The shift to on-line briefing might sound like progress, but much has been lost. The idea of having someone read you a description of the weather never seemed that efficient, but there were advantages to talking to a real person who had local expertise. Student pilots and less experienced pilots no longer have a local briefer who can give them the official weather, then use their years of experience with local weather patterns to help the pilot read between the lines. More responsibility is being placed on the individual pilot and without much weather experience, some pilots will make mistakes. They may interpret the online briefing incorrectly, their knowledge of weather may be incomplete, they may get an incomplete briefing, or the forecast may be turn out to just be plain wrong. With weather being one of the primary causes of GA accidents, the result could be more weather-related crashes and incidents. But rest assured that LMs balance sheet is safe and they continue to meet their performance goals ... rah, rah, rah!

So there you have my round-up of some of the important events of the last ten years. You may have your own list of high and low points, so let me just add that if you'd like to hear my holiday greeting, please press 1 ... All joking aside, I'd like to express my appreciation to all my loyal readers out there and wish everyone a Happy, Prosperous, Safe, and Fun-filled New Year.

Monday, December 21, 2009

Think Responsibly

Having just watched the twelfth and final episode of Justice with Michael Sandel, I find myself wanting more. For those not familiar with the series, it was a broadcast version of Professor Sandel's lively and interactive lectures on the meaning of justice and the skills involved in moral reflection. Drawing from the writings of Bentham, Mills, Locke, Kant, and Aristotle as well as several recent court decisions, Sandel artfully led his students and TV viewers in fascinating discussions about the good life, natural law, utilitarianism, communitarianism, and more.

If there is any doubt that Sandel is an accomplished lecturer and teacher, you need only watch one of the episodes on line. I even recommended that my current flight instructor candidates watch the series as a way to augment their understanding of classroom teaching methods related to lecture, effective questioning and especially how to lead a productive guided discussion. After a while you'll forget the striking resemblance Sandel has to Montgomery Burns, the morally bankrupt capitalist captain-of-industry on the animated TV series The Simpsons. It turns out that several of the writers for that series were, at one time, sitting in Sandel's classroom studying moral reasoning and justice. But as others have pointed out, Sandel, who has dedicated his life to studying and teaching political philosophy, is in fact the antithesis of Burns.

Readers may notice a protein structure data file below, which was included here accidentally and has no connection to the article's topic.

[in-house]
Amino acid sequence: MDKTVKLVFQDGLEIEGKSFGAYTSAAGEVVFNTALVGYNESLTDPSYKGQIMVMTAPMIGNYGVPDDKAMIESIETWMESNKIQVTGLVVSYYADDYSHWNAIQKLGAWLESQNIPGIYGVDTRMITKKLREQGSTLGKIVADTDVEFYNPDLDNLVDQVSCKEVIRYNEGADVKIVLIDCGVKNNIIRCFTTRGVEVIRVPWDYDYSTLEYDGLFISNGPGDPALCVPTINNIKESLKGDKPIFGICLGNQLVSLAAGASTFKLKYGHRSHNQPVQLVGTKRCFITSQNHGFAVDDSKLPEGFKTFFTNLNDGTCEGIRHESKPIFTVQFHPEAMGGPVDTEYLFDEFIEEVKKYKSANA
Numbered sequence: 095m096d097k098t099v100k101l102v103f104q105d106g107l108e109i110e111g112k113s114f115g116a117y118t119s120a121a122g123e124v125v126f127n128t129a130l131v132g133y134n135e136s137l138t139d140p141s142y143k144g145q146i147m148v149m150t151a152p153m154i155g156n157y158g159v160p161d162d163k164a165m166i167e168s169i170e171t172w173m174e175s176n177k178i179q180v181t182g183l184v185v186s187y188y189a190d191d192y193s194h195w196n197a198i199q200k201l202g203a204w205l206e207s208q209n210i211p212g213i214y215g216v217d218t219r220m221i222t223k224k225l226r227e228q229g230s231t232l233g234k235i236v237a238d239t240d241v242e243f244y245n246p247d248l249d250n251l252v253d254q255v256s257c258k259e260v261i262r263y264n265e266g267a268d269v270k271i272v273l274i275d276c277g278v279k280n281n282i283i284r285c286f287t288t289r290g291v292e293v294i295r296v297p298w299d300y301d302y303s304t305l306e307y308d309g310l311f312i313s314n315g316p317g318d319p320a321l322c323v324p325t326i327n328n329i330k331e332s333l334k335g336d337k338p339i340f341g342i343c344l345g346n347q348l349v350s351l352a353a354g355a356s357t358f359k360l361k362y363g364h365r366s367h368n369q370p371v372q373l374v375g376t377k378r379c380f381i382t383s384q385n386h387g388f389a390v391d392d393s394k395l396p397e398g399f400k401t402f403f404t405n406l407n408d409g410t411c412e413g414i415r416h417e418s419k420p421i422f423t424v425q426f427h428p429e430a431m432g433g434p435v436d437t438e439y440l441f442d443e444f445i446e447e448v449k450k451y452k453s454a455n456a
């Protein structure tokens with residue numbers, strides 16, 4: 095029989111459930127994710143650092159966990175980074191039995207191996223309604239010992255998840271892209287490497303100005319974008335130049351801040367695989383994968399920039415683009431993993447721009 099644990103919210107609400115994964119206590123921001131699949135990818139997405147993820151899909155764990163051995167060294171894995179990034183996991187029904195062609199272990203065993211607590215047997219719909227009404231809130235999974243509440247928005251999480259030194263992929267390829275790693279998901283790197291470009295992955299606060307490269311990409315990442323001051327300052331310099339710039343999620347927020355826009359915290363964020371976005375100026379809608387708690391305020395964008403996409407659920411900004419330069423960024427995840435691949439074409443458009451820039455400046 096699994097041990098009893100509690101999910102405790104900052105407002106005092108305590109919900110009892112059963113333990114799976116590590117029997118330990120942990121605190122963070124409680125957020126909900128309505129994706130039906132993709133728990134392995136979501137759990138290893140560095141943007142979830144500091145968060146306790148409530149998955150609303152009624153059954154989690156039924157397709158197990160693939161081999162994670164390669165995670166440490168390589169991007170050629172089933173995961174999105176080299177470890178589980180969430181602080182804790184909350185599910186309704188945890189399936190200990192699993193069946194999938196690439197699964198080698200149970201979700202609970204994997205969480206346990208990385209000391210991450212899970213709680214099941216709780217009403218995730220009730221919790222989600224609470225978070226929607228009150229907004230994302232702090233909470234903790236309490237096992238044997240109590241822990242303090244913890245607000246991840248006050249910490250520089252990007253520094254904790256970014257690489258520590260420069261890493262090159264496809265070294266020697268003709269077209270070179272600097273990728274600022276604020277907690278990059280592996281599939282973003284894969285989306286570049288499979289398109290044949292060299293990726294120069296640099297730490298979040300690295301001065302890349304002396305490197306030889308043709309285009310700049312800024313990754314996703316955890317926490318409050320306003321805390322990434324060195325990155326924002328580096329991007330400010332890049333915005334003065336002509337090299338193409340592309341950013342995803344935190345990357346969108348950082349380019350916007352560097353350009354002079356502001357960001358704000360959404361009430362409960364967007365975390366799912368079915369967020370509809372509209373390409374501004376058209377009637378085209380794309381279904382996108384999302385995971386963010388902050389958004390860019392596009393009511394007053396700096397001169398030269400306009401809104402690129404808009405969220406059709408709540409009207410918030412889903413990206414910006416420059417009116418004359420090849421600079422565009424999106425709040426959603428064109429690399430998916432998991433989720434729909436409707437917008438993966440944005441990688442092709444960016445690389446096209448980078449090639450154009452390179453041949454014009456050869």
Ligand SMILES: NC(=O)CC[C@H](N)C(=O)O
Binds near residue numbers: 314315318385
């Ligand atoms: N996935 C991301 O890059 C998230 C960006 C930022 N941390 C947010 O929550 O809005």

I think the main reason I found this series so engaging and satisfying has to do with the reasoned nature of the discourse. Instead of emotional verisimilitude, ad hominem attacks, begging the question, and the myriad of other problems that plague the way political debate is portrayed in the media, this was a group of young people who were challenged to think critically and justify their reasoning. Watching this series was, for me, a breath of fresh air when contrasted to the level of popular debate that is so often bereft of reason, emotionally charged, and intellectually challenged. There is no mystery here because thinking critically is a difficult and uncomfortable process. This series is still available to watch on-line and if you haven't already, I recommend you check it out.

Since he is much more eloquent, I'll let Professor Sandel have the last word.
" … When we first came together some thirteen weeks ago, I spoke of the exhilaration of political philosophy and also of its dangers. About how philosophy works and has always worked by estranging us from the familiar, by unsettling our unsettled assumptions. And I tried to warn you that once the familiar turns strange, once we begin to reflect on our circumstance, it's never quite the same again. I hope by now you have experienced at least a little of this unease, because this is the tension than animates critical reflection and political improvement and maybe even the moral life as well.
… The aim of this course has been to awaken the restlessness of reason and to see where it might lead. And if we have done at least that, and if the restlessness continues to afflict you in the days and years to come, then we together have achieved no small thing.

Wednesday, December 16, 2009

ForeFlight Mobile v3

Today marks the release of the latest refresh to one of the more popular iPhone aviation applications - ForeFlight Mobile version 3. The new version provides some significant new features, including the ability to download, store, and view airport data, VFR and IFR charts, and instrument approach charts. The flight planning features have been significantly enhanced, allowing you to enter routes containing VORs and intersections as well as departure and arrival procedures. And lastly, there are some nice refinements to the user interface you'll use to access these features. I found a lot to like in version three, so let's dive in and look at some details.